1 Live your vision. Leaders inspire others with their vision and values and they show what they believe by their behaviour. It is one thing to articulate a vision and identify a set of values. It is another to let your behaviours tell the story. Behaviours don't lie. Behaviours tell more about us than our words. They show that the leader "walks the talk" to use an old hackneyed phrase. When leaders live their vision and values through consistent behaviour others follow. Pick any leader of note such as Martin Luther King, Mother Theresa, Pope Francis, or Bill Gates and you will find that their dreams are played out in real time through their behaviours. Leaders inspire others by living their vision and values through example.
2 Encourage others. We have a saying in our business, "we have a simple business, but it isn’t easy." When we strip everything away life is simple but often it isn't easy either. Our work too may be simple but it isn’t always easy. There is an ebb and flow in who we are and what we do. Leaders inspire others to become the best that they can be no matter what the situation. Leaders encourage others in the ebb tide, where rough spots occur or when something happens that takes them off course. In these situations it doesn't matter how much knowledge leaders have, people want to know that the leader takes a personal interest in them. They want to know that their leaders care.
3 Inspire oneself. Leaders who inspire associate themselves with other inspiring and successful leaders. They enjoy reading about inspiring people and try to emulate their behaviour. Inspiring leaders know that it takes effort to inspire. They hang inspiring posters (and change them up on a regular basis); save inspiring quotes and post them for themselves and others to read; align themselves with inspiring mentors and coaches; and work hard to build up their work environment and avoid tearing it down. Inspiring others comes from within and leaders find ways to nurture and develop their inspirational self.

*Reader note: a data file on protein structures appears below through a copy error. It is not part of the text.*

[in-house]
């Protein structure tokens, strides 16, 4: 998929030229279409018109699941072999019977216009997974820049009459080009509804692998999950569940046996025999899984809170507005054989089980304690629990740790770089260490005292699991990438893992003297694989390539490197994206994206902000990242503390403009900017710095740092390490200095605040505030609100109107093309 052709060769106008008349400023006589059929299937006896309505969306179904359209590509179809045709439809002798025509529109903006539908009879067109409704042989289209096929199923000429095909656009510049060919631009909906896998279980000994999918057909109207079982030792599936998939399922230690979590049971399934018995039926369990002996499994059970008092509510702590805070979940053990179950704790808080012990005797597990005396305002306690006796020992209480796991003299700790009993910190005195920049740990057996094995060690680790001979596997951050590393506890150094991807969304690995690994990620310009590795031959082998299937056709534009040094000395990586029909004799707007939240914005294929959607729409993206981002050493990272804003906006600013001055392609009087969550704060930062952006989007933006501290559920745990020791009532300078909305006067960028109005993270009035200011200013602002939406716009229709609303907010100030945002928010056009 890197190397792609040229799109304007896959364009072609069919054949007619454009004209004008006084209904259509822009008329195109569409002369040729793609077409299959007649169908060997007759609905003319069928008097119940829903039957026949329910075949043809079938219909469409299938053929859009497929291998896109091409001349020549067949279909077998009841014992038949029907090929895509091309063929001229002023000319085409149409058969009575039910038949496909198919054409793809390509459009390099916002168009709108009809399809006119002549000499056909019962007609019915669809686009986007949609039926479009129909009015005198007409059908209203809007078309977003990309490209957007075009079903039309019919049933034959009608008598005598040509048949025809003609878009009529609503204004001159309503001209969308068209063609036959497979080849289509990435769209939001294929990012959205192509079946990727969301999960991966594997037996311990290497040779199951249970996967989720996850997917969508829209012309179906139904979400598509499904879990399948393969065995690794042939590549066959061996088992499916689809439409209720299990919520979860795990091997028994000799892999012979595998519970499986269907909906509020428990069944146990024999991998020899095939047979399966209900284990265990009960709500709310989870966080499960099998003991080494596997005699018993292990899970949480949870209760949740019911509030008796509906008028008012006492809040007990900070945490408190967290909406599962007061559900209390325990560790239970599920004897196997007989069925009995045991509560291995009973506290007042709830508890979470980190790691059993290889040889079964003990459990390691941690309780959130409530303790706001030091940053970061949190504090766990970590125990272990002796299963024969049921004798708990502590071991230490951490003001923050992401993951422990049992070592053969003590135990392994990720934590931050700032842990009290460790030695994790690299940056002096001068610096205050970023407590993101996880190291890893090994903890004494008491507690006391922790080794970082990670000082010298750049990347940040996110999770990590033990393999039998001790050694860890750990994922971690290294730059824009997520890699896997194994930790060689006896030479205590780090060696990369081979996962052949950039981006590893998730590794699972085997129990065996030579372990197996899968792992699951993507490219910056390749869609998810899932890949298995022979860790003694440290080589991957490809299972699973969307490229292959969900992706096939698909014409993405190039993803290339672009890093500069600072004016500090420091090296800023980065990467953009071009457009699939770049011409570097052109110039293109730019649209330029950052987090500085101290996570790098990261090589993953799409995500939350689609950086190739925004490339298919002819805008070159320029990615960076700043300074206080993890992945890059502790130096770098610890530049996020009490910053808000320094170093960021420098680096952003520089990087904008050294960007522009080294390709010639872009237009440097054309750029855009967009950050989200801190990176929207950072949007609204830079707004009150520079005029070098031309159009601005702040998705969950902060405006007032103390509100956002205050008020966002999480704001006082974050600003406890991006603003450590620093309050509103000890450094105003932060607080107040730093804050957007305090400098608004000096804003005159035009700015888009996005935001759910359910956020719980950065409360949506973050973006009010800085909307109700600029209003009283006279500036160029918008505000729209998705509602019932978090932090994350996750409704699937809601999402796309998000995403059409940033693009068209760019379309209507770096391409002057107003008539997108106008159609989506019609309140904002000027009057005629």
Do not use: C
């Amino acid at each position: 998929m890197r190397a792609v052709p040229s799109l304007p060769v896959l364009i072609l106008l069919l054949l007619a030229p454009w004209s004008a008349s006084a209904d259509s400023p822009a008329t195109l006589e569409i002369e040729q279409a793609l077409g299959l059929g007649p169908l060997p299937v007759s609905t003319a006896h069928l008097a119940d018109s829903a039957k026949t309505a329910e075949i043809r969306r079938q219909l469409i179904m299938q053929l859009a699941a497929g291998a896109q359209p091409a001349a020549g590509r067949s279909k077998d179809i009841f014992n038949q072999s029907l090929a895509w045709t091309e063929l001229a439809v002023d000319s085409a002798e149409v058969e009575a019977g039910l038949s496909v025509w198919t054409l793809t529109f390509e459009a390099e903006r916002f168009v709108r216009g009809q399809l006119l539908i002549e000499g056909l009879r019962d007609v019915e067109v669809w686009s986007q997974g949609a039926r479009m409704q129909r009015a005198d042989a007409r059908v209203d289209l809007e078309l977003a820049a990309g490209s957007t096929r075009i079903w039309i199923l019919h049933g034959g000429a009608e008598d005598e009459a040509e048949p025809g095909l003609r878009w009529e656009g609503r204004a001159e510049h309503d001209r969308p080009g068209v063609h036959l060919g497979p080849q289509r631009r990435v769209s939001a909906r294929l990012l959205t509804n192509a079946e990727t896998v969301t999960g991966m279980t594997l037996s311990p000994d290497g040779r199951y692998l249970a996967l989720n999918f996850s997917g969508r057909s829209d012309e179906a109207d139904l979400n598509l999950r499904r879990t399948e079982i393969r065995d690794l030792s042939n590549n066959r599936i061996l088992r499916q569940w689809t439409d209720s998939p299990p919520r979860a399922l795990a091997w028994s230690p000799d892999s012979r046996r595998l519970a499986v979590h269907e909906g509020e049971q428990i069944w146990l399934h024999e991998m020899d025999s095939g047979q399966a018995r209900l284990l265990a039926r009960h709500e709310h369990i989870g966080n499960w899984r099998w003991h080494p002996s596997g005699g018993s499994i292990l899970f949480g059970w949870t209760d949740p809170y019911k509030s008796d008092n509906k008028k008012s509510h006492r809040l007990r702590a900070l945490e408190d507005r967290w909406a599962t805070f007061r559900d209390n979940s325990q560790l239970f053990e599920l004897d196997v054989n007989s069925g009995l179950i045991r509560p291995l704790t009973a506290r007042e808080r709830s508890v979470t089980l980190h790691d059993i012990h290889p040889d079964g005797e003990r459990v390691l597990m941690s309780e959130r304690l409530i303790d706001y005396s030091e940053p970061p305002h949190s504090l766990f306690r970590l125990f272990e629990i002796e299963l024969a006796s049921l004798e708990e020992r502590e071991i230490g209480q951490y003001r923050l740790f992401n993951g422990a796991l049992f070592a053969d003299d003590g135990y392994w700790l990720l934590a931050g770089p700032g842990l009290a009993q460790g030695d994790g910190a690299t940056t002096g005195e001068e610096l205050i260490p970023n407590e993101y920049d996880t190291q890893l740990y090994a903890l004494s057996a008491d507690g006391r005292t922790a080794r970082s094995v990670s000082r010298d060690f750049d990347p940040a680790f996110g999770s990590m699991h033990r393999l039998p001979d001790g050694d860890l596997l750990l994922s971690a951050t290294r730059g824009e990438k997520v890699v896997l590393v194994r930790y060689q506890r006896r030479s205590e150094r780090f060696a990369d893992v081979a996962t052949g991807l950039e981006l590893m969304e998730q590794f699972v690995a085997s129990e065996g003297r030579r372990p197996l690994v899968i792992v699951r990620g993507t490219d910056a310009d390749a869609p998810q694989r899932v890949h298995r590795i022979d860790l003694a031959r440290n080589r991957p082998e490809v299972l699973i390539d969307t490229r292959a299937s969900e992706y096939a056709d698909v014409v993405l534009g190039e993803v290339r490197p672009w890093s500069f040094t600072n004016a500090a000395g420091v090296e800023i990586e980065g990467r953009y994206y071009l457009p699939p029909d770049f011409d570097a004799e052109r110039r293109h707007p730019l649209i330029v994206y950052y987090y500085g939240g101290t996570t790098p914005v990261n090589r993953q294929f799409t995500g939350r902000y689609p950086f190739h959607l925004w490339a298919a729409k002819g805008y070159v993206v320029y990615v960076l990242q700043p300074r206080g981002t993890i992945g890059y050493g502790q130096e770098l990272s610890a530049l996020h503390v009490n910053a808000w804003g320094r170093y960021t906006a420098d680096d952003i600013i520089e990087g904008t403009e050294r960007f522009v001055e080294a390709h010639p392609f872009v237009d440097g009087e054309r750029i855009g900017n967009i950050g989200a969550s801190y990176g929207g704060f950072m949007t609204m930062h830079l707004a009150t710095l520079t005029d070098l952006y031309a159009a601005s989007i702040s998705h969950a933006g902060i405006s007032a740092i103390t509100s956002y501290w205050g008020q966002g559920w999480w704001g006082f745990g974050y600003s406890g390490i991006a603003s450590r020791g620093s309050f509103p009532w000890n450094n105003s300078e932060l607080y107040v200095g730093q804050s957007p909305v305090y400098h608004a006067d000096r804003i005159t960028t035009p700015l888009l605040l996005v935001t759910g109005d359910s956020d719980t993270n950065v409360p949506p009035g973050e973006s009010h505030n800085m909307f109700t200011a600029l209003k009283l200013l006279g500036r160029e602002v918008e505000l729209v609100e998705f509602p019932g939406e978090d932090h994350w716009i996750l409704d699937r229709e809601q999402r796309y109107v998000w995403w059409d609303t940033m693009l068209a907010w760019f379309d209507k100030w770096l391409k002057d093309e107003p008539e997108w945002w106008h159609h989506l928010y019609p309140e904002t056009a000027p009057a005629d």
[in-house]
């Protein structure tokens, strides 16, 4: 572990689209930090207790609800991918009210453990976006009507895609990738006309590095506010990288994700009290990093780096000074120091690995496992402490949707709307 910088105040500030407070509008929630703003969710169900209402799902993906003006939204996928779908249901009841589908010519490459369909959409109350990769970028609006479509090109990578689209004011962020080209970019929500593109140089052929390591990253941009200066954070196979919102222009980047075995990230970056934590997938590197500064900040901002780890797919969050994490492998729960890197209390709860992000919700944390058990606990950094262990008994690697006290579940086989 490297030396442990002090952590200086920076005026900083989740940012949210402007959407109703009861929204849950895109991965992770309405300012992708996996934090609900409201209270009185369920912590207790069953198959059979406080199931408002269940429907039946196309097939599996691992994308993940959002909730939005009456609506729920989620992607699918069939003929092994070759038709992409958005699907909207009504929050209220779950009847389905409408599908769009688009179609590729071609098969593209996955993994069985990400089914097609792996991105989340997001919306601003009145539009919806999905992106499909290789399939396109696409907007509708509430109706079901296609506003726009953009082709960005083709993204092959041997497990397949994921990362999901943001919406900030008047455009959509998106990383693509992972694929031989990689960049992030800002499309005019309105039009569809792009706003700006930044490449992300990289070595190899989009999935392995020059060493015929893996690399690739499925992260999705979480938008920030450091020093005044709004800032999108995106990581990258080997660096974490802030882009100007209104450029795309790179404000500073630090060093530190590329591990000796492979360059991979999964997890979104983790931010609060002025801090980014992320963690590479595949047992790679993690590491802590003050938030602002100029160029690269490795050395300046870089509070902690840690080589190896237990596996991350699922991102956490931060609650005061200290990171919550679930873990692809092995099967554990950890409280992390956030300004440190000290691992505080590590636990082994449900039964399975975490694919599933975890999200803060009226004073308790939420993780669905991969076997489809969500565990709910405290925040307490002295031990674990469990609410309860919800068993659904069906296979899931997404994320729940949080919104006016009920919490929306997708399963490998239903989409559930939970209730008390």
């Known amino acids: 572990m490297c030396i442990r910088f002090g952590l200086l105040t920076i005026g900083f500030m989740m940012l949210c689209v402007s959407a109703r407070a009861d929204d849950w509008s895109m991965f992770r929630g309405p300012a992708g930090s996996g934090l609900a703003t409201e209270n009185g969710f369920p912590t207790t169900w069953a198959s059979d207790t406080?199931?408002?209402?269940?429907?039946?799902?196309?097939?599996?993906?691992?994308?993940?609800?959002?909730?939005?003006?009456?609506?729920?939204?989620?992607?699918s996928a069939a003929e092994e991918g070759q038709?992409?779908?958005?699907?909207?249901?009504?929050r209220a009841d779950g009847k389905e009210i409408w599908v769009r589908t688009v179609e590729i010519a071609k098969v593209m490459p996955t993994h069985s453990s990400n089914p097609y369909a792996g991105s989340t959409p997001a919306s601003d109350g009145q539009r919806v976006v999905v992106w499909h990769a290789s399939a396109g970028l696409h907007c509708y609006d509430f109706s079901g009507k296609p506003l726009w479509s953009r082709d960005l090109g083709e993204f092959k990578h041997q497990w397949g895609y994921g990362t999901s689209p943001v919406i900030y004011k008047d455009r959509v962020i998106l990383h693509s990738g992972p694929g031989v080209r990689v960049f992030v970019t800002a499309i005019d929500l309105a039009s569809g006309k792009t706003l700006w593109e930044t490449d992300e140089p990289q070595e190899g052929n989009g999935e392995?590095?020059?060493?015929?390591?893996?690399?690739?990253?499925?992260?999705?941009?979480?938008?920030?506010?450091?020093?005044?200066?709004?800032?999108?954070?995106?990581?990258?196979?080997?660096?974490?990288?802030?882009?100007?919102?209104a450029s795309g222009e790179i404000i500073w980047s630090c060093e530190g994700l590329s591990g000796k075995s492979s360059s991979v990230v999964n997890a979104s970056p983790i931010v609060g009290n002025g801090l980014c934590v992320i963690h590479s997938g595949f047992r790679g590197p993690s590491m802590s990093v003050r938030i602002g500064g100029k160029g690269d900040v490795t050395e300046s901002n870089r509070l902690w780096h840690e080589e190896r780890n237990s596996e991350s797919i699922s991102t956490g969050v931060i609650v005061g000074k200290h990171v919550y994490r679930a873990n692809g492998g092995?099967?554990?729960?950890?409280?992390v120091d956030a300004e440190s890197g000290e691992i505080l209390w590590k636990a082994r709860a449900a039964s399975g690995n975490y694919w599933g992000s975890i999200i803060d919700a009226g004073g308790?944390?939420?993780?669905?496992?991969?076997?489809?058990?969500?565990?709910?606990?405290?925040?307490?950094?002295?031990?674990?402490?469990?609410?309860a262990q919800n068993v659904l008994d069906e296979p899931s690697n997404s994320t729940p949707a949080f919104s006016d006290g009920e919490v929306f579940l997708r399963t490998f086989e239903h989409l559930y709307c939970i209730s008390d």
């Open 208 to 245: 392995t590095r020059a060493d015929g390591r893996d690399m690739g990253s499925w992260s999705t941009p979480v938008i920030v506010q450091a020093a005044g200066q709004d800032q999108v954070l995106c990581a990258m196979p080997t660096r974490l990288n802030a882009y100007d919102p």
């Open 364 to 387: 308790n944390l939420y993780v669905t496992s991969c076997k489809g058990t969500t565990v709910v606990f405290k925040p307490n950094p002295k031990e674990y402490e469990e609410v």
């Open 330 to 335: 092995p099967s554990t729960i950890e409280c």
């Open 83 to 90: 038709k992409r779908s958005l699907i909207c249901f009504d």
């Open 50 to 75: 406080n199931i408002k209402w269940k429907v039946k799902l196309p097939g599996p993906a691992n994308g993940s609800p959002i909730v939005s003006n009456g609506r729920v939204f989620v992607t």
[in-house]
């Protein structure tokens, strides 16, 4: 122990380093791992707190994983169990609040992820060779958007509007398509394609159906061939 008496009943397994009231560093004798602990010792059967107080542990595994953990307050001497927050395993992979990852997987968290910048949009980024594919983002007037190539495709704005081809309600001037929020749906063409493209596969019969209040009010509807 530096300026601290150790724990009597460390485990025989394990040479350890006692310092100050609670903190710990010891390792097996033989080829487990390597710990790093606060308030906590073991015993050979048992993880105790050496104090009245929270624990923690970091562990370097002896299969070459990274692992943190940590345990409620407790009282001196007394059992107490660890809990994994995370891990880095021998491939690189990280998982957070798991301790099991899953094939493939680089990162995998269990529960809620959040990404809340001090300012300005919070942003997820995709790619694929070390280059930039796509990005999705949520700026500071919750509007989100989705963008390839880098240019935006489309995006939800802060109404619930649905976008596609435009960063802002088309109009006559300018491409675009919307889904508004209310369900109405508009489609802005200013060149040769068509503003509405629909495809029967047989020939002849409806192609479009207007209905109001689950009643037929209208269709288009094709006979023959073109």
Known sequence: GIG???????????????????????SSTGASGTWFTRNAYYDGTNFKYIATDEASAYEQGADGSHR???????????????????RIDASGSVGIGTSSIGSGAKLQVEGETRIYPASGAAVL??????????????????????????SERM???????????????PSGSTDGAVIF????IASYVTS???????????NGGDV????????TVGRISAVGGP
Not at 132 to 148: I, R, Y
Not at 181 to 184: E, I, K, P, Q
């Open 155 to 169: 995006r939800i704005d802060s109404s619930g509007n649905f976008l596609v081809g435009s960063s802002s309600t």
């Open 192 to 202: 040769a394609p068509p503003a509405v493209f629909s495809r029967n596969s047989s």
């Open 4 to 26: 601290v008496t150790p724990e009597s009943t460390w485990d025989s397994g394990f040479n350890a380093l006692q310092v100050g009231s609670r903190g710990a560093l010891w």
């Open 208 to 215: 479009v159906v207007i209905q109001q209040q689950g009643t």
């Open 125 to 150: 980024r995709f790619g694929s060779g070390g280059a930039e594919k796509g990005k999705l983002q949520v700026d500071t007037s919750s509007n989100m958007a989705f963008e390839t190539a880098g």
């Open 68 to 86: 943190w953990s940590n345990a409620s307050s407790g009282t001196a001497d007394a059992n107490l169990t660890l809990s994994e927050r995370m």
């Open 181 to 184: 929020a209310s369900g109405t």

4 Tell stories. People are interested in life stories told in a compelling and clear manner. Story tellers get boring facts out by weaving facts with examples - they paint a picture letting the facts tell the story. Facts become part of the story. Someone once said, "facts tell, stories sell." Along with the story come pictures or graphs that add an explanation mark, a surprise or a call to action. Story tellers are not afraid to use parables or analogies to get their point across. Leaders are not afraid to share their own stories about how they dealt with similar situations, not to brag or boast, but to humbly explore and inspire others to reach a higher level of performance. Great teachers tell stories so do great leaders; they paint vivid mind pictures that others can visualize, latch on to and act with renewed confidence.
5 Challenge people. To rise up to the top or become the best that one can be requires challenges. If we look to those who have succeeded in sports, arts and business we see that they constantly challenge themselves to reach higher levels of performance. They are not satisfied with the status quo. Leaders challenge others to improve behaviour, overcome obstacles and to rise above mediocrity. Strong leaders challenge others with empathy. They confront with care or to use a term first coined by Dr. Harris Stratyner, PhD, they use “carefrontation”. Stratyner uses carefrontation as a route to healing additions but leaders can easily apply the concept as they challenge others to take on new behaviours.
6 Share Your Reading. All leaders are wide readers. They are informed and when they read something that will help others they are willing to share what they have read with others. They willingly share a book, an article that has given them insight into an issue or just simply inspired them.
Build your inspiration muscle by exemplifying your vision and values, encouraging others when they’re down, giving yourself an inspirational boost, telling vivid stories, challenging people with care, and sharing what you read with others.
Author: Richard P. Fontanie MSW, FCMC